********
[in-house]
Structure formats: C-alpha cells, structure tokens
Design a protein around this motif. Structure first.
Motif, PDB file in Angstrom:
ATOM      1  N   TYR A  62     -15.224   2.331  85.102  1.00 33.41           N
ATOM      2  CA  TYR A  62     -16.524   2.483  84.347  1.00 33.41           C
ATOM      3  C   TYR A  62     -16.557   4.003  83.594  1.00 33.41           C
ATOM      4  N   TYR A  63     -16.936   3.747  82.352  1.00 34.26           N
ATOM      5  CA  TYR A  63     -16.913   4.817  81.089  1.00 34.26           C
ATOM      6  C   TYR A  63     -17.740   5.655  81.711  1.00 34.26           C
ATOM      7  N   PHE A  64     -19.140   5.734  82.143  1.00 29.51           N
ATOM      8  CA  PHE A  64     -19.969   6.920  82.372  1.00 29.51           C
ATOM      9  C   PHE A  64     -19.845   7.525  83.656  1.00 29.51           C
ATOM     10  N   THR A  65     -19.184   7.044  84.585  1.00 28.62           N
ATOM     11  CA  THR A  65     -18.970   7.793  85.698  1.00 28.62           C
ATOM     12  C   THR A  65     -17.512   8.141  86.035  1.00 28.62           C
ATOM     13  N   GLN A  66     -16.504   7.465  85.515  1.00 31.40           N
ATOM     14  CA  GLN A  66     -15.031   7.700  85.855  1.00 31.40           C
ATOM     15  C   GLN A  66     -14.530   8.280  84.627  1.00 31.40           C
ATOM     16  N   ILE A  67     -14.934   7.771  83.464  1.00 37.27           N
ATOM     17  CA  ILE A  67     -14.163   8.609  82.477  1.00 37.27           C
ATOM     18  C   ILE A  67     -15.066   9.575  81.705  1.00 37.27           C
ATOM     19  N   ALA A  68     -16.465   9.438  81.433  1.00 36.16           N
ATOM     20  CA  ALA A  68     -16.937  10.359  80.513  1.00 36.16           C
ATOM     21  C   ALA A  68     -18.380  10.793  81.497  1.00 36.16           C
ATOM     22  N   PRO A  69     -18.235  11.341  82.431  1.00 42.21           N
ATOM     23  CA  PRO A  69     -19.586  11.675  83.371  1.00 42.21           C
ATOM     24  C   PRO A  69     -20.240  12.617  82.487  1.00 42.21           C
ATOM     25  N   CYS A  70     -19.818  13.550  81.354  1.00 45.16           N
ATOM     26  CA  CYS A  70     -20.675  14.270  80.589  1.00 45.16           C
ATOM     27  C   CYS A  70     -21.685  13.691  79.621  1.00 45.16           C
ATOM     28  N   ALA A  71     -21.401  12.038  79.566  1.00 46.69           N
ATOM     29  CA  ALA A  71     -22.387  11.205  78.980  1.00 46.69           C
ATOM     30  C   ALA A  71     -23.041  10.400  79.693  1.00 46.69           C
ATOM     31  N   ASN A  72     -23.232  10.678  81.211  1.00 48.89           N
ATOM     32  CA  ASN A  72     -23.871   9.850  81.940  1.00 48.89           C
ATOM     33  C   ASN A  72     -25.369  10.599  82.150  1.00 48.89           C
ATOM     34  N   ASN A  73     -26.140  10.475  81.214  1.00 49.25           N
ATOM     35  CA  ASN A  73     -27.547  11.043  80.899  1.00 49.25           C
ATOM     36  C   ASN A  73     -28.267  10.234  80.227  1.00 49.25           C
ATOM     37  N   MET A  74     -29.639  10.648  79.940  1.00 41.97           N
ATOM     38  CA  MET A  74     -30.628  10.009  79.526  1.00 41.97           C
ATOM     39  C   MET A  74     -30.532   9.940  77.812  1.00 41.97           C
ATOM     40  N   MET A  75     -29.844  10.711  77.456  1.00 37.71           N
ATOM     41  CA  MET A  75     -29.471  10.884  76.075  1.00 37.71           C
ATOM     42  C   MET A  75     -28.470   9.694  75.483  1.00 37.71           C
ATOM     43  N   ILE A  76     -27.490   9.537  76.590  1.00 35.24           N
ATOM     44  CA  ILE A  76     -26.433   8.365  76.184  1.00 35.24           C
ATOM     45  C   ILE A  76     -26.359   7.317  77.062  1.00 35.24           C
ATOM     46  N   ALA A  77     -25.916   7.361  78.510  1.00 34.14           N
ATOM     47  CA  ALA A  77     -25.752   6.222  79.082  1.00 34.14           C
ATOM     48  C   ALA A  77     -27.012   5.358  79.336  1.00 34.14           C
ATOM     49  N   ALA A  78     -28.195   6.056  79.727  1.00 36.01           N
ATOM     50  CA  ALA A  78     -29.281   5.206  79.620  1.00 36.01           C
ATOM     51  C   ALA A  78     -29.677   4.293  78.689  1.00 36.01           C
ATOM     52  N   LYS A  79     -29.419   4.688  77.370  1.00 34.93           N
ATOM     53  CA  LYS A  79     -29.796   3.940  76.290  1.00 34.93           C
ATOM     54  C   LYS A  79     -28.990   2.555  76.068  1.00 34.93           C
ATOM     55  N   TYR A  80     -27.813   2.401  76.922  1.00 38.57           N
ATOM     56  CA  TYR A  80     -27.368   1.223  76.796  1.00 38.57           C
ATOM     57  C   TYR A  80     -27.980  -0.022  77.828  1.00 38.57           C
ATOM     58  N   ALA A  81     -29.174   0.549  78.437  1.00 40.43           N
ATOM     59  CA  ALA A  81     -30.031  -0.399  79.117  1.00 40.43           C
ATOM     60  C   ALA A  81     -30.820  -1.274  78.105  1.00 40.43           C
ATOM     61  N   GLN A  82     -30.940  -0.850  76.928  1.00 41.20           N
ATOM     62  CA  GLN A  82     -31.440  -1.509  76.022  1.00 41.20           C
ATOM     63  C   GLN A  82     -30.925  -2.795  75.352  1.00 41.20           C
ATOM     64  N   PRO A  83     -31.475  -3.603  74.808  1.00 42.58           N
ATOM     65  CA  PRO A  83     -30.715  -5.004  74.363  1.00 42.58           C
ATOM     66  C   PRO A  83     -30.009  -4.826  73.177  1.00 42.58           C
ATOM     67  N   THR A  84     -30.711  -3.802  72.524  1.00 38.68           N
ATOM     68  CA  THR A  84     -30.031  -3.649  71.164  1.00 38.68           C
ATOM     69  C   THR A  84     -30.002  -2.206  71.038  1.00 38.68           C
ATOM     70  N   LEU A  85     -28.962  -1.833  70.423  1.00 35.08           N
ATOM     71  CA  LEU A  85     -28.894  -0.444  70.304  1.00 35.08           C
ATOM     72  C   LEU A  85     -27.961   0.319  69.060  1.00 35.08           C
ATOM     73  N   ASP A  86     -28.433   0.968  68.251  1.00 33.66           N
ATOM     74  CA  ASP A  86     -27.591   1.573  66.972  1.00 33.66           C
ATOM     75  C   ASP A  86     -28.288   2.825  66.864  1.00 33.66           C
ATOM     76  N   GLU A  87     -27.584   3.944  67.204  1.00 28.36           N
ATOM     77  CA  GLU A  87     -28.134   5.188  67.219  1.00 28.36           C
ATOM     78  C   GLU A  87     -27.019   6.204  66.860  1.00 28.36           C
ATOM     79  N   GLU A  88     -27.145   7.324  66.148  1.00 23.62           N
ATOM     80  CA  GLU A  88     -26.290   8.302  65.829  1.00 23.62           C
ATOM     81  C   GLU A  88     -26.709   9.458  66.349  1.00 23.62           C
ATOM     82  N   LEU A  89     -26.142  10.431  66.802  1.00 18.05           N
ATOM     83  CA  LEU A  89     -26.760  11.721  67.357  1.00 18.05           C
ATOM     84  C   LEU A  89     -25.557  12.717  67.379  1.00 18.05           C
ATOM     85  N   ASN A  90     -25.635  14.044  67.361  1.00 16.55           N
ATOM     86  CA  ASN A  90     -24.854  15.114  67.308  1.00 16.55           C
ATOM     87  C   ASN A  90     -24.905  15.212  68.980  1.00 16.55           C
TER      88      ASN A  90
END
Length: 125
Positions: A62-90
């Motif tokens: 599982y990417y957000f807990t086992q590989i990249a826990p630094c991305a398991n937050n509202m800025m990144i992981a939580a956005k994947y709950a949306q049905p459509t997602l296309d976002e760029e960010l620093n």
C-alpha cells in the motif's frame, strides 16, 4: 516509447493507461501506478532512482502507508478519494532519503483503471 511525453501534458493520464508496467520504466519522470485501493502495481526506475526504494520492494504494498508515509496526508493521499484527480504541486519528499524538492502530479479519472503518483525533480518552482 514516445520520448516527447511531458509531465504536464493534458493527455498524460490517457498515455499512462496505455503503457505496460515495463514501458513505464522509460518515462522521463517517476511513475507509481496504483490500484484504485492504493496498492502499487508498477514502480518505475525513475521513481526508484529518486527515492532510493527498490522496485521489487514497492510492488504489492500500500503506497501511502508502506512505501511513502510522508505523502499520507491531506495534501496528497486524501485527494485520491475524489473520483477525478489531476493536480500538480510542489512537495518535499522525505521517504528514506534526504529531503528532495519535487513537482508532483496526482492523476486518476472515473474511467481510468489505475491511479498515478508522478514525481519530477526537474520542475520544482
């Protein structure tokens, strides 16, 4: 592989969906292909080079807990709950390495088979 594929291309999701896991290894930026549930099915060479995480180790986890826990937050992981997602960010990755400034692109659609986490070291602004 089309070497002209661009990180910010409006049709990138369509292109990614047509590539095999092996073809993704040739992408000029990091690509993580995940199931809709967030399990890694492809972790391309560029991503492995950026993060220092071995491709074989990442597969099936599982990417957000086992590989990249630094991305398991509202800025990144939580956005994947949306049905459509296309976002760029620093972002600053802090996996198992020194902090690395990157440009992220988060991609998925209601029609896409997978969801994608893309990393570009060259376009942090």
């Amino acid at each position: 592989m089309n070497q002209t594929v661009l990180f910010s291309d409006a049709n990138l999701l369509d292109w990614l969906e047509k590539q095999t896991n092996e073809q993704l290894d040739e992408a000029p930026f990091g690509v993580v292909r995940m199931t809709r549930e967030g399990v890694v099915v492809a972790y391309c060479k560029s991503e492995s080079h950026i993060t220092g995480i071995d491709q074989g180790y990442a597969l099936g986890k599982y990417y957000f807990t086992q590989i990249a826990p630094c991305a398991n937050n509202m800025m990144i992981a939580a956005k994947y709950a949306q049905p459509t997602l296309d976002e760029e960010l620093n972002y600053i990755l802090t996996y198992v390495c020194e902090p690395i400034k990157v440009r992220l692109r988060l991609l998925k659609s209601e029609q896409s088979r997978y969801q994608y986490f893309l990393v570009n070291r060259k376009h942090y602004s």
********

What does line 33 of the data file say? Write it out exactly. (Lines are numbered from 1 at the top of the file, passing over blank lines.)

ATOM     29  CA  ALA A  71     -22.387  11.205  78.980  1.00 46.69           C